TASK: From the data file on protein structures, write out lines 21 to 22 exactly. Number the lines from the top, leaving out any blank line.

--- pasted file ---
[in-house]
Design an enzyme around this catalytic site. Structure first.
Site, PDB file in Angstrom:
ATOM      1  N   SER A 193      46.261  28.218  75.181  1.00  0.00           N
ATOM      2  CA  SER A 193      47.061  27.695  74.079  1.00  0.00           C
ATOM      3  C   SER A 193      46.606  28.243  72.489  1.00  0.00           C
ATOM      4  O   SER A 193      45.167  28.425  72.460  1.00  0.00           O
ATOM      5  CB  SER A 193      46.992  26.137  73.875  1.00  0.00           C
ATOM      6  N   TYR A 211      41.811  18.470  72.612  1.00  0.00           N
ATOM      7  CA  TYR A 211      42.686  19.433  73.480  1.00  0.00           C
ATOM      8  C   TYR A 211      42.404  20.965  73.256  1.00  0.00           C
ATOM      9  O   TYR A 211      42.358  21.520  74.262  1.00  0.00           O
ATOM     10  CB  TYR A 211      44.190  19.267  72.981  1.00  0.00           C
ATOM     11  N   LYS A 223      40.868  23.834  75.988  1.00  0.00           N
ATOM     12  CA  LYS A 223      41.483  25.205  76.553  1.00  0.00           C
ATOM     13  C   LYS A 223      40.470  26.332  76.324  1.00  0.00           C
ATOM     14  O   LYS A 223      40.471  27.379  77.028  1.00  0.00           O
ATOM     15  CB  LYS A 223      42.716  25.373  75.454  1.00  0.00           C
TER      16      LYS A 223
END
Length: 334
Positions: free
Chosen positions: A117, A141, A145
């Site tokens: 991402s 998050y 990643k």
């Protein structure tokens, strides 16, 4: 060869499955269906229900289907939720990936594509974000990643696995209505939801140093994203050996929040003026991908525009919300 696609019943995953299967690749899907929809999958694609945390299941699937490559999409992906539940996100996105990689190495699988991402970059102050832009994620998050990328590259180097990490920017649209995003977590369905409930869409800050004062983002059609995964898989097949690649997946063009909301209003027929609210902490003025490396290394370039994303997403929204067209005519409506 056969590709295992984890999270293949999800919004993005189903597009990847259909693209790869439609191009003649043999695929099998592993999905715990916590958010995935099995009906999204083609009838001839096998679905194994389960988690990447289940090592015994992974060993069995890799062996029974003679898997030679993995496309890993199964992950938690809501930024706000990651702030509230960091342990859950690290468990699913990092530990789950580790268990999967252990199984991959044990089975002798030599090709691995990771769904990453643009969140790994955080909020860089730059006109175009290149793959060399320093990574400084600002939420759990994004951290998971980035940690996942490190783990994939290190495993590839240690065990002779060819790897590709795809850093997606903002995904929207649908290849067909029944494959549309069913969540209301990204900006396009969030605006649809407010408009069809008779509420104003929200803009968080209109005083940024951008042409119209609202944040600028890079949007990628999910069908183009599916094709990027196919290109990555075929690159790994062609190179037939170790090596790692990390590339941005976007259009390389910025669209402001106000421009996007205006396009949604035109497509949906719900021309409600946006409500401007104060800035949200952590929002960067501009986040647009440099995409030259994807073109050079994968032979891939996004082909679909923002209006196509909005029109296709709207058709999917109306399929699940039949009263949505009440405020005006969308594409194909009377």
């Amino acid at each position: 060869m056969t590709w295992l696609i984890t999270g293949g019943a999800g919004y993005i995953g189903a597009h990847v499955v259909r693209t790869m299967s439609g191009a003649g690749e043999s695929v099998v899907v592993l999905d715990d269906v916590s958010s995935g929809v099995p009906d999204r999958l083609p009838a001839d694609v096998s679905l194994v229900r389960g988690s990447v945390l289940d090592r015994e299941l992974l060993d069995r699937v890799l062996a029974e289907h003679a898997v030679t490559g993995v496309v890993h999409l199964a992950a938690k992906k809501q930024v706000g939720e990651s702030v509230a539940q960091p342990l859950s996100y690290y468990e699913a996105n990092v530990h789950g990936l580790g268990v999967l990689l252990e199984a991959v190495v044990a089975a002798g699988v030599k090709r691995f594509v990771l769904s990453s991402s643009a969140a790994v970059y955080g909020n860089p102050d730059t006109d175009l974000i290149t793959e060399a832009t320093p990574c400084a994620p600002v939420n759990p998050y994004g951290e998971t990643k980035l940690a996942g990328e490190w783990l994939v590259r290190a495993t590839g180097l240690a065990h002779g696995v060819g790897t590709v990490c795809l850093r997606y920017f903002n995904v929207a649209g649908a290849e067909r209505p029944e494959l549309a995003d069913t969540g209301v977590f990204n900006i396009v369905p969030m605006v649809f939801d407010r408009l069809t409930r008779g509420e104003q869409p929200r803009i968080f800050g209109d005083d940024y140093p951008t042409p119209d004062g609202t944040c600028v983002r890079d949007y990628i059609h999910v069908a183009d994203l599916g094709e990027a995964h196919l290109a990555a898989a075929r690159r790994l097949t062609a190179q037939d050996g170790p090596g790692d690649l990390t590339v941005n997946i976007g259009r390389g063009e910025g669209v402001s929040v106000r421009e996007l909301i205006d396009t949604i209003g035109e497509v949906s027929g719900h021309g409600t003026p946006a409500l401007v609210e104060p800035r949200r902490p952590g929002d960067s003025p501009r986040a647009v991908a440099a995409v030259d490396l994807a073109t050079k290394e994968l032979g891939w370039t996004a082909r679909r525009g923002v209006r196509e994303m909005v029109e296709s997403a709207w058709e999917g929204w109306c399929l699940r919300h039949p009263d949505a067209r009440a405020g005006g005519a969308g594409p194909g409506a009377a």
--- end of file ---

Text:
Length: 334
Positions: free